(A) Schematic illustration of the preparation of PtNi-BNCs. (B and C) TEM images of PtNi-BNSs. (D) Enlarged TEM image of the area indicated in (C) and the corresponding HRTEM images of the areas marked by yellow squares. The white dots and arrows indicate the lattice spacing. (E and F) Atomic-resolution HRTEM images. Orange bars indicate the edges of the lattice planes, yellow arrows indicate the surface steps, and yellow circles indicate the outermost atoms. (G) High-angle annular dark-field (HAADF)–STEM image and the corresponding EDS elemental mapping of PtNi-BNSs. (H) EDS profile of PtNi-BNSs (top) and STEM-EDS line-scanning profile (bottom) of a single nanoparticle. The inset shows the studied nanoparticle and the line-scanning analysis along the yellow arrow. a.u., arbitrary units.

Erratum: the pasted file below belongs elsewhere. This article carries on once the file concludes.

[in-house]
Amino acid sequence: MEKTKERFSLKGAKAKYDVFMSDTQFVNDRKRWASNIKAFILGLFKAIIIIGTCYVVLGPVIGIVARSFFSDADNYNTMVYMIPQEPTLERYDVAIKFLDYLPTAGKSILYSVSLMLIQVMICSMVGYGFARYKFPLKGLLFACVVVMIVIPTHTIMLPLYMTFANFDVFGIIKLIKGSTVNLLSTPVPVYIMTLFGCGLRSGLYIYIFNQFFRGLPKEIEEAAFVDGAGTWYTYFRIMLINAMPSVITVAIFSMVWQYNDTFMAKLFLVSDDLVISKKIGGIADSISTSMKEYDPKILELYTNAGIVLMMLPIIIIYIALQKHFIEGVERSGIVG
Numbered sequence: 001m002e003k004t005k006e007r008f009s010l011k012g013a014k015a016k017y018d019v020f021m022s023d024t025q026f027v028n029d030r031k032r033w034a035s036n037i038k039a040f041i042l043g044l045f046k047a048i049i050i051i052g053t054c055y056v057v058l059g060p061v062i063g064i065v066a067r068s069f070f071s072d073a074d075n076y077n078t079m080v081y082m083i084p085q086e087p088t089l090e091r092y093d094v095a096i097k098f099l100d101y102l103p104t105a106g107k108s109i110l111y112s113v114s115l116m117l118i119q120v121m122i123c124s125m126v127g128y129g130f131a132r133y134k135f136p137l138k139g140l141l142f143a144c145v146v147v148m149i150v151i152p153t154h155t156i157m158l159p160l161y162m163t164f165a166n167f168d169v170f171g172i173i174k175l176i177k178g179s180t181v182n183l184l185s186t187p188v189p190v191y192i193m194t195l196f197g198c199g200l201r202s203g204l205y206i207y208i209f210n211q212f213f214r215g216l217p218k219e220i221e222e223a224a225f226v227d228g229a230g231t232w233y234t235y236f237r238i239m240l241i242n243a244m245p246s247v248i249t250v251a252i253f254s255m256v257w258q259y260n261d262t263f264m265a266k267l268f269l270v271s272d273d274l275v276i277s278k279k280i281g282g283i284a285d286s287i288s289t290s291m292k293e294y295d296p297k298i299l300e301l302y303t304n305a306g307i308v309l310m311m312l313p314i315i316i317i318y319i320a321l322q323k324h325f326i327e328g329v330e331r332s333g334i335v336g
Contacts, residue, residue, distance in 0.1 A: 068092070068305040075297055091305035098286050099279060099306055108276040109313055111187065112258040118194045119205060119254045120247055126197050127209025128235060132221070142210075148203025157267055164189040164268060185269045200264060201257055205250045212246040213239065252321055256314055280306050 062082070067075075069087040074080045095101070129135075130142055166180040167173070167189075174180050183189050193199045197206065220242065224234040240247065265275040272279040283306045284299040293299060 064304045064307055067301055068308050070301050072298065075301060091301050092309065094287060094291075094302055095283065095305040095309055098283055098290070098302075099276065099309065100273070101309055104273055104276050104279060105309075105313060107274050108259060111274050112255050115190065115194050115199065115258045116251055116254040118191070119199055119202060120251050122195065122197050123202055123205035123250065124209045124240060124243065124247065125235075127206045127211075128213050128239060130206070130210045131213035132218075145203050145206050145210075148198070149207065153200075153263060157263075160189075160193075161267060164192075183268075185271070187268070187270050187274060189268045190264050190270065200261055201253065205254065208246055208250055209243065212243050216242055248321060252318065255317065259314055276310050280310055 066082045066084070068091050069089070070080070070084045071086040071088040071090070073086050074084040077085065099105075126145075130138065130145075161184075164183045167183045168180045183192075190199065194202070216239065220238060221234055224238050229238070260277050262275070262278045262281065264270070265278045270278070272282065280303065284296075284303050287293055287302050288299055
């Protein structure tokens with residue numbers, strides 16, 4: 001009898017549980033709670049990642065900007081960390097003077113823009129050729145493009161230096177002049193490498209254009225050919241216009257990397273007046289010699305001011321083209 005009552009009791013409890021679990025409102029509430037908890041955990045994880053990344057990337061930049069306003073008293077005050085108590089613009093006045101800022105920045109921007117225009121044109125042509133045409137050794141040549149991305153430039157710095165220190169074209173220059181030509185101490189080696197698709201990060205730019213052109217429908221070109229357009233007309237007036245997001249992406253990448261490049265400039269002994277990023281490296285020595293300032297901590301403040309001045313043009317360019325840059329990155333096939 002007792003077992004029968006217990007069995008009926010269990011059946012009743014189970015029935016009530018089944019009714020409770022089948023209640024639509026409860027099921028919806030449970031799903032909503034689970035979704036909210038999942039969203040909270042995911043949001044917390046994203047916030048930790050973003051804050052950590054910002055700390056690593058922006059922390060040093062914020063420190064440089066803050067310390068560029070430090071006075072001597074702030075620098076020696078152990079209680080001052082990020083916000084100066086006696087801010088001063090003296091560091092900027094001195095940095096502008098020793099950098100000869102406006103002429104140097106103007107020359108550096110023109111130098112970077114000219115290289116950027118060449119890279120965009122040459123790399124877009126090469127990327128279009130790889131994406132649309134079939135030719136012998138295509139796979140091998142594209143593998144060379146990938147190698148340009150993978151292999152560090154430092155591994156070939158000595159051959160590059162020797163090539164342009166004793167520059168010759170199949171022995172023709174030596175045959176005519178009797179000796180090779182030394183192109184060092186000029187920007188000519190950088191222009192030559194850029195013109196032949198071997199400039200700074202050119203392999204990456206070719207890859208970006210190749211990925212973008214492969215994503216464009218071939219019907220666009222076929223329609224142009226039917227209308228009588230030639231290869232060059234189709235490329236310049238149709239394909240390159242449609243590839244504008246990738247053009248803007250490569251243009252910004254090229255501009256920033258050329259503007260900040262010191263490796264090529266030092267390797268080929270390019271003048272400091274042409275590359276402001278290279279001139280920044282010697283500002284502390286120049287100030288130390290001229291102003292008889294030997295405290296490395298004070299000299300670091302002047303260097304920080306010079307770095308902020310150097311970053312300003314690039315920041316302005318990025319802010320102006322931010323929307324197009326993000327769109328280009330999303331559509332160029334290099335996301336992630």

Bunched nanospheres